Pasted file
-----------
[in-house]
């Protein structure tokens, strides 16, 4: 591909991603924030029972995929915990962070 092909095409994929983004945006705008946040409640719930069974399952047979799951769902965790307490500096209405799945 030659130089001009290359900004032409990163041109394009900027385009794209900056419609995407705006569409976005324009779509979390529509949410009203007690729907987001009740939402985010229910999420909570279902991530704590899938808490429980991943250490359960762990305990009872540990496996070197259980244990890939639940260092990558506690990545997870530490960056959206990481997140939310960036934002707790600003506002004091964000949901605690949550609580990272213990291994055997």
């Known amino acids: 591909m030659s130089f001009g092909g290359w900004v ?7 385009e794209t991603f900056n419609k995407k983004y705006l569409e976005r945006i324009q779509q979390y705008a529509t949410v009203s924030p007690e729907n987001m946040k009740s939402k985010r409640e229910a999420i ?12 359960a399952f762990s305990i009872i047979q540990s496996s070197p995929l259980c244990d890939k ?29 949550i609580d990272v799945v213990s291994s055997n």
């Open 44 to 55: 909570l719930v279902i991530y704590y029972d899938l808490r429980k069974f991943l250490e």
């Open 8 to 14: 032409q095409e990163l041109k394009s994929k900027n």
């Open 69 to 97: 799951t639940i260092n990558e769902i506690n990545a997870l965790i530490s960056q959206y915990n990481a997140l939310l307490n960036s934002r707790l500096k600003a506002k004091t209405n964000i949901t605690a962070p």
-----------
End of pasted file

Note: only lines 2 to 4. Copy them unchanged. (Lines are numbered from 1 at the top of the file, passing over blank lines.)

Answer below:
């Protein structure tokens, strides 16, 4: 591909991603924030029972995929915990962070 092909095409994929983004945006705008946040409640719930069974399952047979799951769902965790307490500096209405799945 030659130089001009290359900004032409990163041109394009900027385009794209900056419609995407705006569409976005324009779509979390529509949410009203007690729907987001009740939402985010229910999420909570279902991530704590899938808490429980991943250490359960762990305990009872540990496996070197259980244990890939639940260092990558506690990545997870530490960056959206990481997140939310960036934002707790600003506002004091964000949901605690949550609580990272213990291994055997």
């Known amino acids: 591909m030659s130089f001009g092909g290359w900004v ?7 385009e794209t991603f900056n419609k995407k983004y705006l569409e976005r945006i324009q779509q979390y705008a529509t949410v009203s924030p007690e729907n987001m946040k009740s939402k985010r409640e229910a999420i ?12 359960a399952f762990s305990i009872i047979q540990s496996s070197p995929l259980c244990d890939k ?29 949550i609580d990272v799945v213990s291994s055997n």
């Open 44 to 55: 909570l719930v279902i991530y704590y029972d899938l808490r429980k069974f991943l250490e």